Friday, October 11, 2013

Survival Sex in Sri Lanka's Crippled North

War and death make it a necessity

Their husbands dead or missing, more women are being forced to turn to survival sex as family breadwinners in Sri Lanka' northern former war zone.

According to estimates by local groups working with women to boost their incomes, the number of women engaged in sex work is said to be as many as 7,000, considered by some as a conservative estimate.

Vishaka Dharmadasa, head of the Association of War Affected Women, an NGO based in Kandy (Central Province) that has programming in the north on livelihood and public health, told IRIN: "This was a new finding during a [local] household survey on women-headed households and livelihood requirements. They are under immense pressure to provide for families in homes where men are either dead or reported missing. It has made a sizeable percentage of women to reluctantly turn to sex work."

The government estimates there were over 59,000 women-headed households in the island's north in 2012.

"They bear economic burdens once carried by their fathers, husbands or brothers. Poverty and lack of options are driving women to adopt commercial sex as an income generator," Dharmadasa added.

She told IRIN the "strong" military presence in the north, along with men from the south taking jobs in the north's building boom, were "somewhat regular reasons for an increase in commercial sex".

In addition, an increased number of Sri Lankan-born Tamils from the diaspora visiting their place of origin since fighting ended four years ago, has also increased demand for commercial sex, Shanthini Vairamuttu, a community worker from the district of Jaffna, told IRIN.

Fending for themselves
Sexuality is largely considered taboo in the north where caste and class are still decisive factors in women's subservience. After fathers, women are cared for by their husbands and, thereafter, by sons. Following almost three decades of civil war, and the loss of tens of thousands of the region's men, this tradition and structure have crumbled, requiring women to fend for themselves when before they were discouraged from leaving their homes except for agricultural pursuits or education.

"The structures have changed and the trends are changing, causing the emergence of fresh social concerns," Vairamuttu added. "There would have been the occasional sex workers in these villages but not to the extent that it became known to the community," she added.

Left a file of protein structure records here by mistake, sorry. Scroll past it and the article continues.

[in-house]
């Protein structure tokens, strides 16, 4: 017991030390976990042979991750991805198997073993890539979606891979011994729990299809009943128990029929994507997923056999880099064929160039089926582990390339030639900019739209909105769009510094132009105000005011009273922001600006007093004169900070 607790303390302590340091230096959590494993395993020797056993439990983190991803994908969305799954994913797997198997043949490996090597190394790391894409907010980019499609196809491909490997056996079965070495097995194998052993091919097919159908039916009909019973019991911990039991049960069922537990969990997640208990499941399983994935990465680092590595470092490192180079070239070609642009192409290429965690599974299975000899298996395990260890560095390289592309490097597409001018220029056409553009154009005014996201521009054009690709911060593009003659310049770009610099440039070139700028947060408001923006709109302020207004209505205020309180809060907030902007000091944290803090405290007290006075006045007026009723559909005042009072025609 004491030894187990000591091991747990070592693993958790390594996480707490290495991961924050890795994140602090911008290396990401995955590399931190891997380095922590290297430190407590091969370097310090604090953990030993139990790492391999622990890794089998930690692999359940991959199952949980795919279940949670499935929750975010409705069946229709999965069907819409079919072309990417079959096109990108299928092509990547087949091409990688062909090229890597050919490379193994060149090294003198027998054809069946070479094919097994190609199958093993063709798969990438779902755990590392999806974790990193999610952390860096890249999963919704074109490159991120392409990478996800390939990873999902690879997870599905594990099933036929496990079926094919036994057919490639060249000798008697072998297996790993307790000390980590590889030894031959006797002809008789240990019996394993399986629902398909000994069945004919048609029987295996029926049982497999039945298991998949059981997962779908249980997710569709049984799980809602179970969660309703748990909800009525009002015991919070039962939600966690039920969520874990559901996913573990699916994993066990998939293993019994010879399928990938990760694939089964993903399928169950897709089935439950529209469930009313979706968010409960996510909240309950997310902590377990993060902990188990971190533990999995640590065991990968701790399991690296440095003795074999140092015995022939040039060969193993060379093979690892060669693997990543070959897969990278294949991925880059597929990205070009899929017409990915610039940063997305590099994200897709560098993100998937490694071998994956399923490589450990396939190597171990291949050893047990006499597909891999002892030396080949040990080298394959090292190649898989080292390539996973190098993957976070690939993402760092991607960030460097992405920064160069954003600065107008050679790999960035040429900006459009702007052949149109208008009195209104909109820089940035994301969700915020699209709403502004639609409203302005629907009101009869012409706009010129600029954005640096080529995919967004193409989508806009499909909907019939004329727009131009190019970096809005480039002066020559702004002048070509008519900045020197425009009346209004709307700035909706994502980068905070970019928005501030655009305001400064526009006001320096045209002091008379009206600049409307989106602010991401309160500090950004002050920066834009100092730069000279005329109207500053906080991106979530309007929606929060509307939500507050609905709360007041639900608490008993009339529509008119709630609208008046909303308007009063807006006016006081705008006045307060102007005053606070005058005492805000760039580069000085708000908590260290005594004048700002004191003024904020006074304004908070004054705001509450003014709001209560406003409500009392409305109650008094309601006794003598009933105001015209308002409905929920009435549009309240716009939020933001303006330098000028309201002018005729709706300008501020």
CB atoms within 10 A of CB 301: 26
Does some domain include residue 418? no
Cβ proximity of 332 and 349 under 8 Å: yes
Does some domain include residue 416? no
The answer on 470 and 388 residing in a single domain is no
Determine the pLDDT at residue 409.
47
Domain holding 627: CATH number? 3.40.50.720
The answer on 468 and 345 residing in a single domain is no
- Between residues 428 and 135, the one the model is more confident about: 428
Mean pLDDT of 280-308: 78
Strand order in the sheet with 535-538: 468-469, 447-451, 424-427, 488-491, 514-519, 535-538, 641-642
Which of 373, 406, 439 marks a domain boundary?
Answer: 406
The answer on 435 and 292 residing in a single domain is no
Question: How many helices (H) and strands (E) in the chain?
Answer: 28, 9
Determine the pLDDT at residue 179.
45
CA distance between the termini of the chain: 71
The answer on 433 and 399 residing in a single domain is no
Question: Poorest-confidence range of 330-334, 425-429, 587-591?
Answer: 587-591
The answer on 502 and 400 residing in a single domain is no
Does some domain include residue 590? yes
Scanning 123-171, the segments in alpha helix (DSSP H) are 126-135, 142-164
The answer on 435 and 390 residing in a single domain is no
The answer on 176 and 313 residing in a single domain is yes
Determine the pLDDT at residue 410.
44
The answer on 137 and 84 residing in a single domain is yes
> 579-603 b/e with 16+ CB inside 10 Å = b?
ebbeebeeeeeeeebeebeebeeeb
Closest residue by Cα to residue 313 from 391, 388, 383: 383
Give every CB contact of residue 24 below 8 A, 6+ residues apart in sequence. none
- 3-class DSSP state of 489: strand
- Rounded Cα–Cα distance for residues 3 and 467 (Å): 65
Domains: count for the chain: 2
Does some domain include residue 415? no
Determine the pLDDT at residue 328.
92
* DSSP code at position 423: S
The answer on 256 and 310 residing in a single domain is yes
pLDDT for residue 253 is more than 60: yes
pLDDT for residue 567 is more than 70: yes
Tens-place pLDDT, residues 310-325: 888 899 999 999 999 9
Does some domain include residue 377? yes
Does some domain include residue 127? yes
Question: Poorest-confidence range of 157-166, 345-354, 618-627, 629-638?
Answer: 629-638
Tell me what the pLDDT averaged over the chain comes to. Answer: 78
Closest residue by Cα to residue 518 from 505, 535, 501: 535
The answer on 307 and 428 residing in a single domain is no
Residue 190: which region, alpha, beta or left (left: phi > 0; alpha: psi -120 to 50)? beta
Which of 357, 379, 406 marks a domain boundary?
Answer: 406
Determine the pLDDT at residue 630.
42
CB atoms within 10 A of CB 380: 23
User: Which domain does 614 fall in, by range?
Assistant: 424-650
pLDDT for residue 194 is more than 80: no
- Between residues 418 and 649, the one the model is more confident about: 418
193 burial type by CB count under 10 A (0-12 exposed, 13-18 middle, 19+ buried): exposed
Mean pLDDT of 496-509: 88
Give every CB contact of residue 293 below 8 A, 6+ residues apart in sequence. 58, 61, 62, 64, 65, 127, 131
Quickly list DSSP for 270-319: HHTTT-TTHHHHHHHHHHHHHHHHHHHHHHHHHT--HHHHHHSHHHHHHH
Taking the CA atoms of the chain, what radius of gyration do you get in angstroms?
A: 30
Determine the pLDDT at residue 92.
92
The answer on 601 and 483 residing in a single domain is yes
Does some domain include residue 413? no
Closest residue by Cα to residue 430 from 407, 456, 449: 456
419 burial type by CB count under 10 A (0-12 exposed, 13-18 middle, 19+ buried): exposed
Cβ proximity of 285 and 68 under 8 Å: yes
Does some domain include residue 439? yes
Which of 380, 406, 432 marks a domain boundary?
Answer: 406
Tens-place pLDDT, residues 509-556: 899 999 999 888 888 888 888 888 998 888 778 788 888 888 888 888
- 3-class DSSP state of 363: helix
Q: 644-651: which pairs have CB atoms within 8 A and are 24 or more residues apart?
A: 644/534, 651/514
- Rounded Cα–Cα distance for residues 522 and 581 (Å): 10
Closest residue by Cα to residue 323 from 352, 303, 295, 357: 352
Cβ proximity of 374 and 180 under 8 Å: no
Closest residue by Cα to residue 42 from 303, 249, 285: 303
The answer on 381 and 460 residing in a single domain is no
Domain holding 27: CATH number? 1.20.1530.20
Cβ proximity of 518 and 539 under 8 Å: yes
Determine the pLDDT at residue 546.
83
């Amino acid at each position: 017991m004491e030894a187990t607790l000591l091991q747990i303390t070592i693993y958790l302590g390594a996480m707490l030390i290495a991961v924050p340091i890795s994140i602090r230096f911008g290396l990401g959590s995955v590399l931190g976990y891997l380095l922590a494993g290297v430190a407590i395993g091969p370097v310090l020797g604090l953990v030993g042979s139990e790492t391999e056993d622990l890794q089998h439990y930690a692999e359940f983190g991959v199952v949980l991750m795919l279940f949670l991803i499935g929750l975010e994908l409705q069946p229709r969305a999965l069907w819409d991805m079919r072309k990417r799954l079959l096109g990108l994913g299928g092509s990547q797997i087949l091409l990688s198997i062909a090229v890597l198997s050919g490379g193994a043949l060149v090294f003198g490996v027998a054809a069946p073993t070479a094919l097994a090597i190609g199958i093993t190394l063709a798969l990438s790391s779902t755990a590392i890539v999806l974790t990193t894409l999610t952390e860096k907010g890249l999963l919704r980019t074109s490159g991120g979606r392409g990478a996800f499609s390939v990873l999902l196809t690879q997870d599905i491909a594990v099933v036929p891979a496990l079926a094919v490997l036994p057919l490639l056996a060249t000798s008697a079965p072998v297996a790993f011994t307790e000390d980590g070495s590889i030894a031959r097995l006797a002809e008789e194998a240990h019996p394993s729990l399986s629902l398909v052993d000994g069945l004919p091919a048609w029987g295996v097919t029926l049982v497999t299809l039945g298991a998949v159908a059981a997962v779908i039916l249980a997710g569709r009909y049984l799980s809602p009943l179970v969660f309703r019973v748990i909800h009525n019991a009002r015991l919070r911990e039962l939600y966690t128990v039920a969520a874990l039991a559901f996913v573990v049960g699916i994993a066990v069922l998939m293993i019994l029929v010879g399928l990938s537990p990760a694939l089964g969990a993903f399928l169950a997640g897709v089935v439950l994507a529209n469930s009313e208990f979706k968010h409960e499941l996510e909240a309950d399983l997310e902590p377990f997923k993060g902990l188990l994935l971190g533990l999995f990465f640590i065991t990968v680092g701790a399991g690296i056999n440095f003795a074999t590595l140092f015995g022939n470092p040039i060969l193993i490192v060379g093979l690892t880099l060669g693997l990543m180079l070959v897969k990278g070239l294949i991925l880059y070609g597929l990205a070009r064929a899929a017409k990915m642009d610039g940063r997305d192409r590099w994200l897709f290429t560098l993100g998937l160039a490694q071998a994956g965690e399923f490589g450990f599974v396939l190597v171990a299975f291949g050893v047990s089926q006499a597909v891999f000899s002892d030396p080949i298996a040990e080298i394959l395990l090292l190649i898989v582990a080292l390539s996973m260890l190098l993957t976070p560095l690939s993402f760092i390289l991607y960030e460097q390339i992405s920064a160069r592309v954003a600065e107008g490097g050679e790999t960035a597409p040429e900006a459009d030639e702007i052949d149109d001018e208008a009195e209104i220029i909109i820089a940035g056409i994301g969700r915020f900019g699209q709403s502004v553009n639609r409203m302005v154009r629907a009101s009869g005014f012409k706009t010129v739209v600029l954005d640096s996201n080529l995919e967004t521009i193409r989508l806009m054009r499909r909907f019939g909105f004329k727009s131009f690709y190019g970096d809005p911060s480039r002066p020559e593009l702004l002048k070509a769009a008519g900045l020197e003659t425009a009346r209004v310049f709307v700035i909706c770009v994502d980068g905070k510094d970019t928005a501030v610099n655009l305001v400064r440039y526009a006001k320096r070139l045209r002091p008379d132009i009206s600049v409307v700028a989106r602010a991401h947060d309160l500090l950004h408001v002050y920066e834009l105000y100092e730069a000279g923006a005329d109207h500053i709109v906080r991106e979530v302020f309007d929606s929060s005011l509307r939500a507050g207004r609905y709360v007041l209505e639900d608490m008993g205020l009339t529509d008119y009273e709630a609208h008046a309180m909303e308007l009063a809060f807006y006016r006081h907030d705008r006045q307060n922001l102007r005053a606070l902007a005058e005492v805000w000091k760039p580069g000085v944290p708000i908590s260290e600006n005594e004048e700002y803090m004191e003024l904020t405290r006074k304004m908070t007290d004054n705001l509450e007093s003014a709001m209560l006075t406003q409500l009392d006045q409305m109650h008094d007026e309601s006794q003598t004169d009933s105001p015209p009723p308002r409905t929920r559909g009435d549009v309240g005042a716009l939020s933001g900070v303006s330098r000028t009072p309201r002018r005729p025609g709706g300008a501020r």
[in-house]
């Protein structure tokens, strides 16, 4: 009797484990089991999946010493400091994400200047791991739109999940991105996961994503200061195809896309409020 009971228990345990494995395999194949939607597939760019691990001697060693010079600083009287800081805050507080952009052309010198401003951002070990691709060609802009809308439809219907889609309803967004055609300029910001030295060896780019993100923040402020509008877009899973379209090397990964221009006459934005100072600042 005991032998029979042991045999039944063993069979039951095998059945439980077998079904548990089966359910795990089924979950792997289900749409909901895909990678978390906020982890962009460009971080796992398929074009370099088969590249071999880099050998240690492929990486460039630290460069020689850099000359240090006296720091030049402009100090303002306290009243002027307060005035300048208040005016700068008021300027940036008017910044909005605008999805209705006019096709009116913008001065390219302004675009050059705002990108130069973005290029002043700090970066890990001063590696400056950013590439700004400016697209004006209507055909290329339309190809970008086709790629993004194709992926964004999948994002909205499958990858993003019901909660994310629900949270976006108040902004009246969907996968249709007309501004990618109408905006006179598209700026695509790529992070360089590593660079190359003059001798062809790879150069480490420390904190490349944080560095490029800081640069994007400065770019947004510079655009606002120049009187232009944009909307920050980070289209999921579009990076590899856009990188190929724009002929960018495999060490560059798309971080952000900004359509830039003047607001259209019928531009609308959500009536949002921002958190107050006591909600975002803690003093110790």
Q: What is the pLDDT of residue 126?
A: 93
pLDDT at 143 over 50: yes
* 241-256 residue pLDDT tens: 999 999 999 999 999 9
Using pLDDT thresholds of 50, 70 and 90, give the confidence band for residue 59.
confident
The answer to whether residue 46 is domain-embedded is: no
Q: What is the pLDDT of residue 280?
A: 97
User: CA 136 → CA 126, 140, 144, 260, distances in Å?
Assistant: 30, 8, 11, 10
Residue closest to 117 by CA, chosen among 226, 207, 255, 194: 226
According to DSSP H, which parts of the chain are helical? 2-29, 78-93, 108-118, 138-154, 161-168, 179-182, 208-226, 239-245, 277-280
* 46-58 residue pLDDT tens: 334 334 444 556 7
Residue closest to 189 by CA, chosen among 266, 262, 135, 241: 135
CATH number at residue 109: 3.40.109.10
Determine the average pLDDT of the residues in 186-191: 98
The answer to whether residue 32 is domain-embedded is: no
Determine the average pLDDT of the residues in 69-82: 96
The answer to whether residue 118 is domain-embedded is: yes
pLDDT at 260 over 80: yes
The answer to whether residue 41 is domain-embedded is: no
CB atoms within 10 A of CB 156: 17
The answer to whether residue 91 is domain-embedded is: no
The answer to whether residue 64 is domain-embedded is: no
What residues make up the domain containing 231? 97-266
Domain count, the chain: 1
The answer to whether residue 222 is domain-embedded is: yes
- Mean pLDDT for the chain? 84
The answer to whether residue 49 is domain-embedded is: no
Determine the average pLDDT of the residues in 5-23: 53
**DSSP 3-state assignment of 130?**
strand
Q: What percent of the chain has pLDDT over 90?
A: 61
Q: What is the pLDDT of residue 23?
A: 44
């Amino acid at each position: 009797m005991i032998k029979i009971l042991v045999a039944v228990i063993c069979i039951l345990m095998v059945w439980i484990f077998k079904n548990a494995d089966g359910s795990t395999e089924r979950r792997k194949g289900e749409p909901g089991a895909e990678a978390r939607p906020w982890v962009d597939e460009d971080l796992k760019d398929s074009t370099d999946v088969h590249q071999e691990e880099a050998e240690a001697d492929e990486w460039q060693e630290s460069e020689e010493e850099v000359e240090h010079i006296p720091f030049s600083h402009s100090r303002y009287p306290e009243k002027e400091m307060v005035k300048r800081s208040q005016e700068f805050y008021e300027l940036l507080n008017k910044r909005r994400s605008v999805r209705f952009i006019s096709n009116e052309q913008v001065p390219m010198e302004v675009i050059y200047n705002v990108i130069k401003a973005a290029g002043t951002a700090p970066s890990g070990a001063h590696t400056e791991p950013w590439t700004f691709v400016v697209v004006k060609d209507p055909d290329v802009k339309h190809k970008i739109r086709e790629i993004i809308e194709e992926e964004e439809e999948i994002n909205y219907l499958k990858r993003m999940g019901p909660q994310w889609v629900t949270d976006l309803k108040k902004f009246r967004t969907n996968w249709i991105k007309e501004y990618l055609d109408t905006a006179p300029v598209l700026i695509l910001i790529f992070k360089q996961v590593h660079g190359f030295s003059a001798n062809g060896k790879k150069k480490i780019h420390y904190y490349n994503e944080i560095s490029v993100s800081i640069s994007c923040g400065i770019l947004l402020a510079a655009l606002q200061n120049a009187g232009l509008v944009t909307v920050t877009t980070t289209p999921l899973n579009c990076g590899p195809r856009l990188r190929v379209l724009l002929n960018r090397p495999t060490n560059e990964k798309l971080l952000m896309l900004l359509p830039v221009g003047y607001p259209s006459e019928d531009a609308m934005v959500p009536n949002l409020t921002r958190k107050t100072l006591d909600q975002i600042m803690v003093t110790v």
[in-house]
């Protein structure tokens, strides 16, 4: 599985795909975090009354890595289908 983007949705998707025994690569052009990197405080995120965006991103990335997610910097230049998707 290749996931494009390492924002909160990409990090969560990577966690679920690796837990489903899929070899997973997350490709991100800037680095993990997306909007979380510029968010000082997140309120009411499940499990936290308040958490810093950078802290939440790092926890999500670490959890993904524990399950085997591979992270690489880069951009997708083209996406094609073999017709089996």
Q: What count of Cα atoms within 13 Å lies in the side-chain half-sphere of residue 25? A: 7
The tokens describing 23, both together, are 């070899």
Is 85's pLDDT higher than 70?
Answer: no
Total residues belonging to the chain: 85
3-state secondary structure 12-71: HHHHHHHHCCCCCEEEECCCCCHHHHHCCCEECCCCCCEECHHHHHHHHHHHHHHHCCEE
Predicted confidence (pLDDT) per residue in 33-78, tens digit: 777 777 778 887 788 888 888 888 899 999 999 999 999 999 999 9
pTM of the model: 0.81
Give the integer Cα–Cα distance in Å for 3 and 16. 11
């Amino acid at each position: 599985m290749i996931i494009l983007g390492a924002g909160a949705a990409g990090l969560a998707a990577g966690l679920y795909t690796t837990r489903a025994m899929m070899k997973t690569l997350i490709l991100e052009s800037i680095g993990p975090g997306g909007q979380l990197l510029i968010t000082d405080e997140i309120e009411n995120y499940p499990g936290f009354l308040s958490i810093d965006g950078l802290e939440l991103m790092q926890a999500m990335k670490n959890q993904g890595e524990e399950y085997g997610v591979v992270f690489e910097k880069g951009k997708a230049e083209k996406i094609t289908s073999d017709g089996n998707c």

Sex work is illegal under Sri Lankan law.

"Thousands of Tamil men have died due to the war or been reported missing.

"There is no point in sweeping this issue [of women turning to sex work] under the carpet of cultural conservatism. It is happening and we require better livelihood support initiatives," said Shreen Saroor, founder of the Mannar Women's Development Federation and the Mannar Women for Human Rights and Democracy, which work with conflict-affected women in the north.

The director of the Jaffna-based Centre for Women and Development, Saroja Sivachandran, whose organization conducted a survey from 2010 to date of 1,500 female-headed households in the north (the survey is being finalized), told IRIN there is reason to believe the sex trade is "slowly taking root in a region that boasts of tradition and culture".

Few livelihood options
Sivachandran said improved conditions are needed to give women (traditionally homemakers) sources of income other than sex work.

"We try to encourage them to look for other options. But they say they have little choice," said a health worker working in the north's Mannar District who preferred anonymity. "We provide the women with condoms and give advice on contraception as protection."

"We may not know the level of the problem. In a country where commercial sex is illegal, the chances of finding the numbers would be difficult without substantial studies. But it deserves attention and action," the country's deputy minister of social services, said Chandrasiri Sooriyarachchi.

The north's patriarchal and highly conservative social structure linked to Hinduism, the predominant religion practiced in the north among Tamils, has made it difficult for researchers to study sex work there, but health workers and activists working with women say the loss of so many of the region's traditional breadwinners (men), intense disruption to women's livelihoods wrought by the conflict, and the slow return to normalcy are key reasons behind their turning to sex work.

"I did not want to be a sex worker. I come from a respected Hindu family. My father and husband both died due to the war. I am the eldest in a family of three girls. I have to provide for my mother, two sisters and my only son," said 29-year- old Vasugi Ramalingam*, a Kilinochchi resident, widowed since the age of 20.

Traditionally, Hindus consider widows to be inauspicious and unfit for remarriage, leaving Tamil women to care for their families alone in a region marked by widespread unemployment.

Separatist rebels with the Liberation Tigers of Tamil Eelam (LTTE) waged war for 26 years to carve out a separate ethnic state in the island's north where the Tamil ethnic minority - 12 percent of the country's population - forms the majority.

An estimated 60,000 lives were lost in the war which came to an end in May 2009 with the crushing of LTTE by government forces.

*not a real name

(IRIN is a service of the United Nations Office for the Coordination of Humanitarian Affairs. This does not necessarily reflect the views of the United Nations.)

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